38 Liang, Introduction to Java Programming, Eighth Edition, (c) 2011 Pearson Education, Inc. All rights reserved The File Class The File class is intended to provide an abstraction that deals with most of the machine-dependent complexities of files and path names in a machine-independent fashion. The filename is a string. The File class is a wrapper class for the file name and its directory path. 38

39 Liang, Introduction to Java Programming, Eighth Edition, (c) 2011 Pearson Education, Inc. All rights reserved Obtaining file properties and manipulating file 39

40 Liang, Introduction to Java Programming, Eighth Edition, (c) 2011 Pearson Education, Inc. All rights reserved Problem: Explore File Properties 40 TestFileClass Run Objective: Write a program that demonstrates how to create files in a platform-independent way and use the methods in the File class to obtain their properties. Figure 16.1 shows a sample run of the program on Windows, and Figure 16.2 a sample run on Unix.

41 Liang, Introduction to Java Programming, Eighth Edition, (c) 2011 Pearson Education, Inc. All rights reserved public class TestFileClass { public static void main(String[] args) { java.io.File file = new java.io.File("image/us.gif"); System.out.println("Does it exist? " + file.exists()); System.out.println("The file has " + file.length() + " bytes"); System.out.println("Can it be read? " + file.canRead()); System.out.println("Can it be written? " + file.canWrite()); System.out.println("Is it a directory? " + file.isDirectory()); System.out.println("Is it a file? " + file.isFile()); System.out.println("Is it absolute? " + file.isAbsolute()); System.out.println("Is it hidden? " + file.isHidden()); System.out.println("Absolute path is " + file.getAbsolutePath()); System.out.println("Last modified on " + new java.util.Date(file.lastModified())); }

42 Liang, Introduction to Java Programming, Eighth Edition, (c) 2011 Pearson Education, Inc. All rights reserved Text I/O A File object encapsulates the properties of a file or a path, but does not contain the methods for reading/writing data from/to a file. In order to perform I/O, you need to create objects using appropriate Java I/O classes. The objects contain the methods for reading/writing data from/to a file. This section introduces how to read/write strings and numeric values from/to a text file using the Scanner and PrintWriter classes. 42

43 Liang, Introduction to Java Programming, Eighth Edition, (c) 2011 Pearson Education, Inc. All rights reserved Writing Data Using PrintWriter 43

44 Liang, Introduction to Java Programming, Eighth Edition, (c) 2011 Pearson Education, Inc. All rights reserved Reading Data Using Scanner 44

45 Liang, Introduction to Java Programming, Eighth Edition, (c) 2011 Pearson Education, Inc. All rights reserved public class WriteData { public static void main(String[] args) throws Exception { java.io.File file = new java.io.File("scores.txt"); if (file.exists()) { System.out.println("File already exists"); System.exit(0); } // Create a file java.io.PrintWriter output = new java.io.PrintWriter(file); // Write formatted output to the file output.print("John T Smith "); output.println(90); output.print("Eric K Jones "); output.println(85); // Close the file output.close(); }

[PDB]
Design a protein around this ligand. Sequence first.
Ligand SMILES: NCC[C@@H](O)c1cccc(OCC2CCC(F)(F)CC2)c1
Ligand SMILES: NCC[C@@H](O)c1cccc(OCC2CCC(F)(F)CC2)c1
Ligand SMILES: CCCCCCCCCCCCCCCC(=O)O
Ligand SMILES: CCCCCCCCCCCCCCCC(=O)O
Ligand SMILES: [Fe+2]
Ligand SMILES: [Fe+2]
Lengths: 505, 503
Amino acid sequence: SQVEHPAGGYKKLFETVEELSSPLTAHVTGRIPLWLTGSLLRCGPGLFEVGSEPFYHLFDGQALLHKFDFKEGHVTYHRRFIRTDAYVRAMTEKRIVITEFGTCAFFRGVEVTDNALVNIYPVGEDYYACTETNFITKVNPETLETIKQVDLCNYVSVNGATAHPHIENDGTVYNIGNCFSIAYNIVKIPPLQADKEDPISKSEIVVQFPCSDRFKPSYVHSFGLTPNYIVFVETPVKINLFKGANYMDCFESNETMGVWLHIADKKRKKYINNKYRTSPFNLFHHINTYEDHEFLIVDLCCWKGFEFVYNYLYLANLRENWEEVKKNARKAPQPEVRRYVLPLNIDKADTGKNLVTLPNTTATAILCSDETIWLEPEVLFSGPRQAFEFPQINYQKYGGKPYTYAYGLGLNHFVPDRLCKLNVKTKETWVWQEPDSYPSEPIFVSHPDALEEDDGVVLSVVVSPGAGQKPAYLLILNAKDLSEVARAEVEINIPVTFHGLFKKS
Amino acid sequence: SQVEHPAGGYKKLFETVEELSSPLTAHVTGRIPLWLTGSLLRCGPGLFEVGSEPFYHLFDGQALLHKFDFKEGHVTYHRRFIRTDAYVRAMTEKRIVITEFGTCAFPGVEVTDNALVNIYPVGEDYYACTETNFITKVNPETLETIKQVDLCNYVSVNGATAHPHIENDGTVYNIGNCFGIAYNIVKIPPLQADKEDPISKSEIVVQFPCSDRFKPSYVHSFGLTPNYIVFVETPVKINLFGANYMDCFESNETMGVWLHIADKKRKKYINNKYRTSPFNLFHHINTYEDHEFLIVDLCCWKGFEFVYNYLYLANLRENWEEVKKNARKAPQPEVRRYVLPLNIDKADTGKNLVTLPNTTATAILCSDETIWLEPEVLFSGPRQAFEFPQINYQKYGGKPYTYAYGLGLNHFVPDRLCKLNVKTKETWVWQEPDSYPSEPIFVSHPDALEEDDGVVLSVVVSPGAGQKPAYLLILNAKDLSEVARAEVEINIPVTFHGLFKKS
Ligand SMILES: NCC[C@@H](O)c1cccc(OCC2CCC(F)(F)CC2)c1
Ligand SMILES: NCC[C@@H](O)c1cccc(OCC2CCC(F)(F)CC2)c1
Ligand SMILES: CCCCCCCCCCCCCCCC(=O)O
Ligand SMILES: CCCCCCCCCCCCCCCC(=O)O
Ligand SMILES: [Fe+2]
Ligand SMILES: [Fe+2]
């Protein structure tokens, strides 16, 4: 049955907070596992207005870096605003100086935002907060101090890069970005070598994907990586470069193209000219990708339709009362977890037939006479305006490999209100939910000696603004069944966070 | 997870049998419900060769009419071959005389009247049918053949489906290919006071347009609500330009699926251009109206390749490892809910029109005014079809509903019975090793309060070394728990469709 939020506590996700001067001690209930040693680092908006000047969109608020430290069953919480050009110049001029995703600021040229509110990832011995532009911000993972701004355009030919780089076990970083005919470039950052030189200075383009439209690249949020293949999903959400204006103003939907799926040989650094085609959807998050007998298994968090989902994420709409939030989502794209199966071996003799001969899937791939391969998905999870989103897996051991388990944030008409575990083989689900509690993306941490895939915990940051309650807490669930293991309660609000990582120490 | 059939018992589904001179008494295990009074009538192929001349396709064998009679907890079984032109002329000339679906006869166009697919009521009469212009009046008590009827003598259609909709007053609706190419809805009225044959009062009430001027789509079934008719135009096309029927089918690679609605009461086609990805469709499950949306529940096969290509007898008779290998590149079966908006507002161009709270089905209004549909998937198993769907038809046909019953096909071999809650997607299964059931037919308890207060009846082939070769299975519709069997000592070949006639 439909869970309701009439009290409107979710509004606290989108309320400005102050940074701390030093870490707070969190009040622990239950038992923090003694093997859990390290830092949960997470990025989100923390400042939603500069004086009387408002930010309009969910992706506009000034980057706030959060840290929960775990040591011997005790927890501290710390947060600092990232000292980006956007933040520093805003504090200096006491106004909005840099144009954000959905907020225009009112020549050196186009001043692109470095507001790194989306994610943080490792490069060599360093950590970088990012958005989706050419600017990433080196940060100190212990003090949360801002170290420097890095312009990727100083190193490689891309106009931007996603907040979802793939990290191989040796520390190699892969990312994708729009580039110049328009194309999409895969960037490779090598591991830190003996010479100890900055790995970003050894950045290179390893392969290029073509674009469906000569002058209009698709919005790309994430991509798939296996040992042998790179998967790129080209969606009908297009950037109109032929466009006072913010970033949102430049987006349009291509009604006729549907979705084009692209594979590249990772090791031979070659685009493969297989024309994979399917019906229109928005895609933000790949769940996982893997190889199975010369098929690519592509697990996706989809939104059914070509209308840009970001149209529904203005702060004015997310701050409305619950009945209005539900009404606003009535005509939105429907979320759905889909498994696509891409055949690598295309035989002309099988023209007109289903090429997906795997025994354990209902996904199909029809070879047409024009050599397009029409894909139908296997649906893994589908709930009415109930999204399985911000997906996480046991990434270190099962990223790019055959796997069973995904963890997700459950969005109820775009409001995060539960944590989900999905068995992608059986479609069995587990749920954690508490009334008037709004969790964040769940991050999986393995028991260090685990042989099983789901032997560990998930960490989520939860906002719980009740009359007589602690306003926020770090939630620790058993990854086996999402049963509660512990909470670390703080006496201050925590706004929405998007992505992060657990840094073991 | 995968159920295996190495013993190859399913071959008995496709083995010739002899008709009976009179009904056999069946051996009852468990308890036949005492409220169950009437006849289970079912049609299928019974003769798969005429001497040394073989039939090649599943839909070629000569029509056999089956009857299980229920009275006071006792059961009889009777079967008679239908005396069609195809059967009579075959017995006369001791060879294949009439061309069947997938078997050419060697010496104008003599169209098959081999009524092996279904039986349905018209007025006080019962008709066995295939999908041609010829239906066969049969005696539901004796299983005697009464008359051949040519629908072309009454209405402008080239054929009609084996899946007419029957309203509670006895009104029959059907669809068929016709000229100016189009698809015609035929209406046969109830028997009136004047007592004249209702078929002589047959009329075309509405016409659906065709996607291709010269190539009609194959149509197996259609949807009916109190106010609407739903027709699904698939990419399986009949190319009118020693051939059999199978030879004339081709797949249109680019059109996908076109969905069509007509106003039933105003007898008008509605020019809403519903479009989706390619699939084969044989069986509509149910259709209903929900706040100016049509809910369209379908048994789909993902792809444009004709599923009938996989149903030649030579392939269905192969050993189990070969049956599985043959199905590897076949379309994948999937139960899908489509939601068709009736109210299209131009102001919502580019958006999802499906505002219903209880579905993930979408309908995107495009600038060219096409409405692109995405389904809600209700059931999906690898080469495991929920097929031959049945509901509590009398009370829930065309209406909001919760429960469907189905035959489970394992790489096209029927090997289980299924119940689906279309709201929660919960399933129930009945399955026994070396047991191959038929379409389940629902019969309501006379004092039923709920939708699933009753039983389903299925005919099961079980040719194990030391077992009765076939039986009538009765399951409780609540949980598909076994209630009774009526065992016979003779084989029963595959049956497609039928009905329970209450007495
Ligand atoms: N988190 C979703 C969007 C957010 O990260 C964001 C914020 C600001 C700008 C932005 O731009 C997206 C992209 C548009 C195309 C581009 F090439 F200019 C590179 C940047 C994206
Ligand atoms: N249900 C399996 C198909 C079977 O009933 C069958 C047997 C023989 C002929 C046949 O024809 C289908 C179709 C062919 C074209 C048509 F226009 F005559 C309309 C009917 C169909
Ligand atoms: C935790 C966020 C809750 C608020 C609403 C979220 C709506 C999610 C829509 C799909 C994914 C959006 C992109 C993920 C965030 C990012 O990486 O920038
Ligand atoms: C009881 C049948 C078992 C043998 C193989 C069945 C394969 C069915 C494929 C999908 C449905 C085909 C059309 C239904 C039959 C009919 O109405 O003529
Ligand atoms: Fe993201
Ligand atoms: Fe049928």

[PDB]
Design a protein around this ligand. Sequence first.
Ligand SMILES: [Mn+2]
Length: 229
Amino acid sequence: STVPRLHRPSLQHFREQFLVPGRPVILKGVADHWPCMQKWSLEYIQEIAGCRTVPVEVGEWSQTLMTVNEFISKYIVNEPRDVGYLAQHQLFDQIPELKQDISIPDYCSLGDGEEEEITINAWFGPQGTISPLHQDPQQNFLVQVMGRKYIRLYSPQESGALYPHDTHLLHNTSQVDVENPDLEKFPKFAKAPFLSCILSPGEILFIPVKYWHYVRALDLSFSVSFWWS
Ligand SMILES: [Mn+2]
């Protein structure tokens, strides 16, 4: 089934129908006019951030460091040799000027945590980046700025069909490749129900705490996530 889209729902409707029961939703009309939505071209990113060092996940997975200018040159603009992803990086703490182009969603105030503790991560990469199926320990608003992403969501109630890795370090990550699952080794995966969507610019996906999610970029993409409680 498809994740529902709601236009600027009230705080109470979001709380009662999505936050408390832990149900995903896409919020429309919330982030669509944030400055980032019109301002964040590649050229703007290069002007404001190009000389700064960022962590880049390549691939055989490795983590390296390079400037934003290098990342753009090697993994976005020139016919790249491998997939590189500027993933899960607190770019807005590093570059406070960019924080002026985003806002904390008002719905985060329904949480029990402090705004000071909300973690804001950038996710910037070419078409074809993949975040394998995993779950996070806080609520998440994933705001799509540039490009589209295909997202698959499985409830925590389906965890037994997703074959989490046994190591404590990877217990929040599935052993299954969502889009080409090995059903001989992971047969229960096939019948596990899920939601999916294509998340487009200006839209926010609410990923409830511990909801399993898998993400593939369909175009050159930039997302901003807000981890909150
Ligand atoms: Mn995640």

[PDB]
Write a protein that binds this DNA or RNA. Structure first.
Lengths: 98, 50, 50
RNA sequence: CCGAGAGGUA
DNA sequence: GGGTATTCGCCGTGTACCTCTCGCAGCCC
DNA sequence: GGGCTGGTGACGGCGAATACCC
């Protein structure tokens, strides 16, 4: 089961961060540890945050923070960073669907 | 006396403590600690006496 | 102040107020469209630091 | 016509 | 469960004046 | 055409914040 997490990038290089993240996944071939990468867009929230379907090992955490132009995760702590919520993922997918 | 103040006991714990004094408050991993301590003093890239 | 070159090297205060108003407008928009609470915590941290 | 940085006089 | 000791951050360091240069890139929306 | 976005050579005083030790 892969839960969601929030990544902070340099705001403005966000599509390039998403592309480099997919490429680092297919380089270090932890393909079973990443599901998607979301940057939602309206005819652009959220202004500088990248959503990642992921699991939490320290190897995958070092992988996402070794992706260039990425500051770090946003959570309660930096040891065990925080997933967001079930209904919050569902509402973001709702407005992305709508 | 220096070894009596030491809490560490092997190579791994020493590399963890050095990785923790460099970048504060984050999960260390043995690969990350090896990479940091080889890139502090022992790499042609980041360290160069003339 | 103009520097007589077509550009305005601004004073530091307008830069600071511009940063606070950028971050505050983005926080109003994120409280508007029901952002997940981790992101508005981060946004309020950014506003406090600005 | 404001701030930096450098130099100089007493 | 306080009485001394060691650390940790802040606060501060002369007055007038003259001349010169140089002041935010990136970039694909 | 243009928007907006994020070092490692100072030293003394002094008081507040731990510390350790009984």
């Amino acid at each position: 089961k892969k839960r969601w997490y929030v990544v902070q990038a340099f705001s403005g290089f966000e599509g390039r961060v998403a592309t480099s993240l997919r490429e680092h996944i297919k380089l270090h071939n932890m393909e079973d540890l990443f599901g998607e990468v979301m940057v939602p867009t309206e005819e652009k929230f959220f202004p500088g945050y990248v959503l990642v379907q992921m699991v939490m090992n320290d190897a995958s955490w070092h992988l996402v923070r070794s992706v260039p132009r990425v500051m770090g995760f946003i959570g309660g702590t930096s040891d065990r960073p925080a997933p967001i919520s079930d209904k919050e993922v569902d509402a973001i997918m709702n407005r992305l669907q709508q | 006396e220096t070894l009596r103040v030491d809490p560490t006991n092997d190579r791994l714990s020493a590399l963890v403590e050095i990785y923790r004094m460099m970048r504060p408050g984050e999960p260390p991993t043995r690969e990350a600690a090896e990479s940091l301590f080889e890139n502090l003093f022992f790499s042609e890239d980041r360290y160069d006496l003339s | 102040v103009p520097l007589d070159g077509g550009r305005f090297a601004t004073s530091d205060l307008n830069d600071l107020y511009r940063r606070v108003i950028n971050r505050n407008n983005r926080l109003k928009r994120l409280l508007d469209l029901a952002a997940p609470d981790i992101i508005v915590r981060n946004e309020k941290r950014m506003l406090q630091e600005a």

46 Liang, Introduction to Java Programming, Eighth Edition, (c) 2011 Pearson Education, Inc. All rights reserved Problem: Replacing Text Write a class named ReplaceText that replaces a string in a text file with a new string. The filename and strings are passed as command-line arguments as follows: java ReplaceText sourceFile targetFile oldString newString For example, invoking java ReplaceText FormatString.java t.txt StringBuilder StringBuffer replaces all the occurrences of StringBuilder by StringBuffer in FormatString.java and saves the new file in t.txt. 46

47 Liang, Introduction to Java Programming, Eighth Edition, (c) 2011 Pearson Education, Inc. All rights reserved import java.io.*; import java.util.*; public class ReplaceText { public static void main(String[] args) throws Exception { // Check command line parameter usage if (args.length != 4) { System.out.println( "Usage: java ReplaceText sourceFile targetFile oldStr newStr"); System.exit(0); } // Check if source file exists File sourceFile = new File(args[0]); if (!sourceFile.exists()) { System.out.println("Source file " + args[0] + " does not exist"); System.exit(0); } // Check if target file exists File targetFile = new File(args[1]); if (targetFile.exists()) { System.out.println("Target file " + args[1] + " already exists"); System.exit(0); } // Create input and output files Scanner input = new Scanner(sourceFile); PrintWriter output = new PrintWriter(targetFile); while (input.hasNext()) { String s1 = input.nextLine(); String s2 = s1.replaceAll(args[2], args[3]); output.println(s2); } input.close(); output.close(); }

48 Liang, Introduction to Java Programming, Eighth Edition, (c) 2011 Pearson Education, Inc. All rights reserved (GUI) File Dialogs 48

49 Liang, Introduction to Java Programming, Eighth Edition, (c) 2011 Pearson Education, Inc. All rights reserved import java.util.Scanner; import javax.swing.JFileChooser; public class ReadFileUsingJFileChooser { public static void main(String[] args) throws Exception { JFileChooser fileChooser = new JFileChooser(); if (fileChooser.showOpenDialog(null) == JFileChooser.APPROVE_OPTION) { // Get the selected file java.io.File file = fileChooser.getSelectedFile(); // Create a Scanner for the file Scanner input = new Scanner(file); // Read text from the file while (input.hasNext()) { System.out.println(input.nextLine()); } // Close the file input.close(); } else { System.out.println("No file selected"); }